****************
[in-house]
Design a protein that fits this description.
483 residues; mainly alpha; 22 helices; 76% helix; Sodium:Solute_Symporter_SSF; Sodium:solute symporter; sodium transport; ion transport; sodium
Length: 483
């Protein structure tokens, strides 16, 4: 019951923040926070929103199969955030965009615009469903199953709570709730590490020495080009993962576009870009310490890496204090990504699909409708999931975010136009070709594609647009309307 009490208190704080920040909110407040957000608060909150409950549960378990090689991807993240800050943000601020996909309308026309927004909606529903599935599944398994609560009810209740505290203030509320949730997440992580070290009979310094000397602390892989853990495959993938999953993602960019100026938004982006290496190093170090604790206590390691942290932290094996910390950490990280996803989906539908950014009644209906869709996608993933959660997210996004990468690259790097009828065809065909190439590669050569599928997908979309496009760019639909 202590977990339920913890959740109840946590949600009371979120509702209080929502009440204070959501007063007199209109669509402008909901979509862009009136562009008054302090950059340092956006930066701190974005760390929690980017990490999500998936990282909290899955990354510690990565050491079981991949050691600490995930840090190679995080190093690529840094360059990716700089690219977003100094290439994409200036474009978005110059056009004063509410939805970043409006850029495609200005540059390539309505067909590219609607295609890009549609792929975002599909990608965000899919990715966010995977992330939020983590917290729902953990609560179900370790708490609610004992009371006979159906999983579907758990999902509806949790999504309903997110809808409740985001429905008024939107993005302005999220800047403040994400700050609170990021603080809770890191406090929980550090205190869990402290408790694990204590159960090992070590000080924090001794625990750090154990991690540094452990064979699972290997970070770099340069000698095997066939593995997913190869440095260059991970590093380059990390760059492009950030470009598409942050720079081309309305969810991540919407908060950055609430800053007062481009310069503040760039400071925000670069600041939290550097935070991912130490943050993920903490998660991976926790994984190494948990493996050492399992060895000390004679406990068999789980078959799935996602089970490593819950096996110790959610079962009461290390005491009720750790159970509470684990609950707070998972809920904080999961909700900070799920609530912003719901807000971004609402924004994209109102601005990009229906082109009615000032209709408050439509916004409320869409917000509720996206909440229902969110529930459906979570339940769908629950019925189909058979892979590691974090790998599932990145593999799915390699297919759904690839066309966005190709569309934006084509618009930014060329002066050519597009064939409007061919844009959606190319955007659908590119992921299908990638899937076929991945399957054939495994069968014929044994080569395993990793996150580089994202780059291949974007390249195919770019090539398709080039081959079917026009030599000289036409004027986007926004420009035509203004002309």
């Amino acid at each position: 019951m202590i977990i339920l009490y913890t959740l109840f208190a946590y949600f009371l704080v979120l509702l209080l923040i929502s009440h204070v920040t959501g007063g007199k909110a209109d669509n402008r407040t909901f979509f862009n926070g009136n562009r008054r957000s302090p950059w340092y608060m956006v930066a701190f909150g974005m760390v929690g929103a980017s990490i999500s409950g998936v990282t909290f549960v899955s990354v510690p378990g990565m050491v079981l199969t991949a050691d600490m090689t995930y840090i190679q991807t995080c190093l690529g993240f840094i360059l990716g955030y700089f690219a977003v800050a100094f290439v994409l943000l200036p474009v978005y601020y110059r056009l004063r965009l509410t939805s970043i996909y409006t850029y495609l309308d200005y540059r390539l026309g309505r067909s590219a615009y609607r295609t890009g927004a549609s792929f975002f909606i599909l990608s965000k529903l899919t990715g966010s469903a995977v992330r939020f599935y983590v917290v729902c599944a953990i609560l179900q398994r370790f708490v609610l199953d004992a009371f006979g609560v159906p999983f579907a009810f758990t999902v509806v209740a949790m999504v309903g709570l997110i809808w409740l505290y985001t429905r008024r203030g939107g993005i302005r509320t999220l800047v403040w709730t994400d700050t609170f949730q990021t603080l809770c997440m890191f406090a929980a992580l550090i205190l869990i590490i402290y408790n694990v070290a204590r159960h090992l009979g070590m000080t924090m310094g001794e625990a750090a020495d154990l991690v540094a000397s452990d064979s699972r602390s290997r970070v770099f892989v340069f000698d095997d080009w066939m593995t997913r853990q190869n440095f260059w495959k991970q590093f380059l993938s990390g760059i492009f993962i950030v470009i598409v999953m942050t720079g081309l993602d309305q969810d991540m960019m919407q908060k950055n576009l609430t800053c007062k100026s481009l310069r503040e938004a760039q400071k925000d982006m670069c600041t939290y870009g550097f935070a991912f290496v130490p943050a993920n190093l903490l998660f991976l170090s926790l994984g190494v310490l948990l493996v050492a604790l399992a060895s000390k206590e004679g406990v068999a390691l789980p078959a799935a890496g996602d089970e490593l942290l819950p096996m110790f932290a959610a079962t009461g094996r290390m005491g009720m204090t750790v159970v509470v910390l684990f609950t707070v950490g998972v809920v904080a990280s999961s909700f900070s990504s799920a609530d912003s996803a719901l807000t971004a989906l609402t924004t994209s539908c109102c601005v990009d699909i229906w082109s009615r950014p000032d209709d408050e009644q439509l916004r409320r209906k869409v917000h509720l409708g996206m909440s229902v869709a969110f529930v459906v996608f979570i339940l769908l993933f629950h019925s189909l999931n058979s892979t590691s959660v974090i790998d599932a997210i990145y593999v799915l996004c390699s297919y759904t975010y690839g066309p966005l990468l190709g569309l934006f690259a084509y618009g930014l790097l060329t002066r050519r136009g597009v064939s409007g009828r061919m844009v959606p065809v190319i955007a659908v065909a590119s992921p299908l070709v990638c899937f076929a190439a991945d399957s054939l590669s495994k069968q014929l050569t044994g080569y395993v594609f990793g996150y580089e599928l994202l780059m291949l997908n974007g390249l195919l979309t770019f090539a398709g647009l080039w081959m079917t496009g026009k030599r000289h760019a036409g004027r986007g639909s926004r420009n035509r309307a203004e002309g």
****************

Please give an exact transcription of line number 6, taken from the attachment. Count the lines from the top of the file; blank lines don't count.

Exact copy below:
């Amino acid at each position: 019951m202590i977990i339920l009490y913890t959740l109840f208190a946590y949600f009371l704080v979120l509702l209080l923040i929502s009440h204070v920040t959501g007063g007199k909110a209109d669509n402008r407040t909901f979509f862009n926070g009136n562009r008054r957000s302090p950059w340092y608060m956006v930066a701190f909150g974005m760390v929690g929103a980017s990490i999500s409950g998936v990282t909290f549960v899955s990354v510690p378990g990565m050491v079981l199969t991949a050691d600490m090689t995930y840090i190679q991807t995080c190093l690529g993240f840094i360059l990716g955030y700089f690219a977003v800050a100094f290439v994409l943000l200036p474009v978005y601020y110059r056009l004063r965009l509410t939805s970043i996909y409006t850029y495609l309308d200005y540059r390539l026309g309505r067909s590219a615009y609607r295609t890009g927004a549609s792929f975002f909606i599909l990608s965000k529903l899919t990715g966010s469903a995977v992330r939020f599935y983590v917290v729902c599944a953990i609560l179900q398994r370790f708490v609610l199953d004992a009371f006979g609560v159906p999983f579907a009810f758990t999902v509806v209740a949790m999504v309903g709570l997110i809808w409740l505290y985001t429905r008024r203030g939107g993005i302005r509320t999220l800047v403040w709730t994400d700050t609170f949730q990021t603080l809770c997440m890191f406090a929980a992580l550090i205190l869990i590490i402290y408790n694990v070290a204590r159960h090992l009979g070590m000080t924090m310094g001794e625990a750090a020495d154990l991690v540094a000397s452990d064979s699972r602390s290997r970070v770099f892989v340069f000698d095997d080009w066939m593995t997913r853990q190869n440095f260059w495959k991970q590093f380059l993938s990390g760059i492009f993962i950030v470009i598409v999953m942050t720079g081309l993602d309305q969810d991540m960019m919407q908060k950055n576009l609430t800053c007062k100026s481009l310069r503040e938004a760039q400071k925000d982006m670069c600041t939290y870009g550097f935070a991912f290496v130490p943050a993920n190093l903490l998660f991976l170090s926790l994984g190494v310490l948990l493996v050492a604790l399992a060895s000390k206590e004679g406990v068999a390691l789980p078959a799935a890496g996602d089970e490593l942290l819950p096996m110790f932290a959610a079962t009461g094996r290390m005491g009720m204090t750790v159970v509470v910390l684990f609950t707070v950490g998972v809920v904080a990280s999961s909700f900070s990504s799920a609530d912003s996803a719901l807000t971004a989906l609402t924004t994209s539908c109102c601005v990009d699909i229906w082109s009615r950014p000032d209709d408050e009644q439509l916004r409320r209906k869409v917000h509720l409708g996206m909440s229902v869709a969110f529930v459906v996608f979570i339940l769908l993933f629950h019925s189909l999931n058979s892979t590691s959660v974090i790998d599932a997210i990145y593999v799915l996004c390699s297919y759904t975010y690839g066309p966005l990468l190709g569309l934006f690259a084509y618009g930014l790097l060329t002066r050519r136009g597009v064939s409007g009828r061919m844009v959606p065809v190319i955007a659908v065909a590119s992921p299908l070709v990638c899937f076929a190439a991945d399957s054939l590669s495994k069968q014929l050569t044994g080569y395993v594609f990793g996150y580089e599928l994202l780059m291949l997908n974007g390249l195919l979309t770019f090539a398709g647009l080039w081959m079917t496009g026009k030599r000289h760019a036409g004027r986007g639909s926004r420009n035509r309307a203004e002309g």